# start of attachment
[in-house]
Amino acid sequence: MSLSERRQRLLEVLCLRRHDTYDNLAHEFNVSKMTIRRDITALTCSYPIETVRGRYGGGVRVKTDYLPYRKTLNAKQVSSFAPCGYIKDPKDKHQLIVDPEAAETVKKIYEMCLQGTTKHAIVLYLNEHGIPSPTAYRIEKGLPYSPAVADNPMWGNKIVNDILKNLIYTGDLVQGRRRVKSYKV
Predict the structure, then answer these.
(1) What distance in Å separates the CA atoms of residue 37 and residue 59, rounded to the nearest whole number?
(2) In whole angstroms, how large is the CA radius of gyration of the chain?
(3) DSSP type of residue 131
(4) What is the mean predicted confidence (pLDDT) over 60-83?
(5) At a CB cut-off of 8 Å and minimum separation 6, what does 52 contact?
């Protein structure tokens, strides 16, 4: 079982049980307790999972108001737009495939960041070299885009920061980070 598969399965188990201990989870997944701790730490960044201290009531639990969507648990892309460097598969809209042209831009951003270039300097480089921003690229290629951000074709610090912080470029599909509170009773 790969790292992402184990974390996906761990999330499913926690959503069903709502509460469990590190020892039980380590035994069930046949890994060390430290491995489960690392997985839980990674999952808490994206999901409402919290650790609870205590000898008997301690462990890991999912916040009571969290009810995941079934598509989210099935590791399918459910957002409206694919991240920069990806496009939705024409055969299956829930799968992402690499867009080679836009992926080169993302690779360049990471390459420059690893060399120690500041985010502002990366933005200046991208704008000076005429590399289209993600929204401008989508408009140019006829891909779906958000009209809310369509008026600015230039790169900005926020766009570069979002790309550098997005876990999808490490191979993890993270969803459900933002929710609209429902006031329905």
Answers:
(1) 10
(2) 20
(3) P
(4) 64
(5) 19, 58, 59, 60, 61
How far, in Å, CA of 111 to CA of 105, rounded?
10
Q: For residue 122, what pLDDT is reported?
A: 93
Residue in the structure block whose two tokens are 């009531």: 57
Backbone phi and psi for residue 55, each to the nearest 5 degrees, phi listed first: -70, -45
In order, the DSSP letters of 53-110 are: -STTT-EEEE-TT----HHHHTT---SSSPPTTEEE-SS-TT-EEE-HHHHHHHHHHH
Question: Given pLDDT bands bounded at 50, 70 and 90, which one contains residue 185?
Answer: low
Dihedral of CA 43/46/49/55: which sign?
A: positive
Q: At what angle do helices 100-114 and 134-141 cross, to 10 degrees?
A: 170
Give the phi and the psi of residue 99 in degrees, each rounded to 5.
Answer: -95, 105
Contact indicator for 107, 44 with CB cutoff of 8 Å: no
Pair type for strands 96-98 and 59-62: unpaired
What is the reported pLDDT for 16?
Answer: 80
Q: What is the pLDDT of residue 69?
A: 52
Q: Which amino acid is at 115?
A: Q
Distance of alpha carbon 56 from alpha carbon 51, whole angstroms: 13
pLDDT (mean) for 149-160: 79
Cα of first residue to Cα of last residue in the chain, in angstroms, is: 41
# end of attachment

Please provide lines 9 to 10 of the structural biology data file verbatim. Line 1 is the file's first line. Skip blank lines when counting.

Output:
């Protein structure tokens, strides 16, 4: 079982049980307790999972108001737009495939960041070299885009920061980070 598969399965188990201990989870997944701790730490960044201290009531639990969507648990892309460097598969809209042209831009951003270039300097480089921003690229290629951000074709610090912080470029599909509170009773 790969790292992402184990974390996906761990999330499913926690959503069903709502509460469990590190020892039980380590035994069930046949890994060390430290491995489960690392997985839980990674999952808490994206999901409402919290650790609870205590000898008997301690462990890991999912916040009571969290009810995941079934598509989210099935590791399918459910957002409206694919991240920069990806496009939705024409055969299956829930799968992402690499867009080679836009992926080169993302690779360049990471390459420059690893060399120690500041985010502002990366933005200046991208704008000076005429590399289209993600929204401008989508408009140019006829891909779906958000009209809310369509008026600015230039790169900005926020766009570069979002790309550098997005876990999808490490191979993890993270969803459900933002929710609209429902006031329905």
Answers: